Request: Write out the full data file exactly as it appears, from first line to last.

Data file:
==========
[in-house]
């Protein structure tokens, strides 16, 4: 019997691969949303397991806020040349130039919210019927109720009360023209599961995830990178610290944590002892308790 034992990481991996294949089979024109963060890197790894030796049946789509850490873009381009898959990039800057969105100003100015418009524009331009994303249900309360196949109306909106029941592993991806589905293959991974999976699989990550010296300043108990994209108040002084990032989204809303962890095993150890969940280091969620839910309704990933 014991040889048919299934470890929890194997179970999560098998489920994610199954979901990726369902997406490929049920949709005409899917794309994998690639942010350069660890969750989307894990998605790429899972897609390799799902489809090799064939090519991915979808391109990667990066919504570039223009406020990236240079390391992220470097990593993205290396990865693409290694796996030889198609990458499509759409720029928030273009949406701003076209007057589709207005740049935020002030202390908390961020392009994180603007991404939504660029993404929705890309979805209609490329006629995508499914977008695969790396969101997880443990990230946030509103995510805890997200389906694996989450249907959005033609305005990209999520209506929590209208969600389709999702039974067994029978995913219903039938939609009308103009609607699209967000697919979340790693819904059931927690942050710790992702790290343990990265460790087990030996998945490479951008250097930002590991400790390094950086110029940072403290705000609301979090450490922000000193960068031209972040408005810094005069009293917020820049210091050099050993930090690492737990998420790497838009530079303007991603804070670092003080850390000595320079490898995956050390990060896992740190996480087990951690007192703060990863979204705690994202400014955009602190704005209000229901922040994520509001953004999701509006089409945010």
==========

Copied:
[in-house]
């Protein structure tokens, strides 16, 4: 019997691969949303397991806020040349130039919210019927109720009360023209599961995830990178610290944590002892308790 034992990481991996294949089979024109963060890197790894030796049946789509850490873009381009898959990039800057969105100003100015418009524009331009994303249900309360196949109306909106029941592993991806589905293959991974999976699989990550010296300043108990994209108040002084990032989204809303962890095993150890969940280091969620839910309704990933 014991040889048919299934470890929890194997179970999560098998489920994610199954979901990726369902997406490929049920949709005409899917794309994998690639942010350069660890969750989307894990998605790429899972897609390799799902489809090799064939090519991915979808391109990667990066919504570039223009406020990236240079390391992220470097990593993205290396990865693409290694796996030889198609990458499509759409720029928030273009949406701003076209007057589709207005740049935020002030202390908390961020392009994180603007991404939504660029993404929705890309979805209609490329006629995508499914977008695969790396969101997880443990990230946030509103995510805890997200389906694996989450249907959005033609305005990209999520209506929590209208969600389709999702039974067994029978995913219903039938939609009308103009609607699209967000697919979340790693819904059931927690942050710790992702790290343990990265460790087990030996998945490479951008250097930002590991400790390094950086110029940072403290705000609301979090450490922000000193960068031209972040408005810094005069009293917020820049210091050099050993930090690492737990998420790497838009530079303007991603804070670092003080850390000595320079490898995956050390990060896992740190996480087990951690007192703060990863979204705690994202400014955009602190704005209000229901922040994520509001953004999701509006089409945010």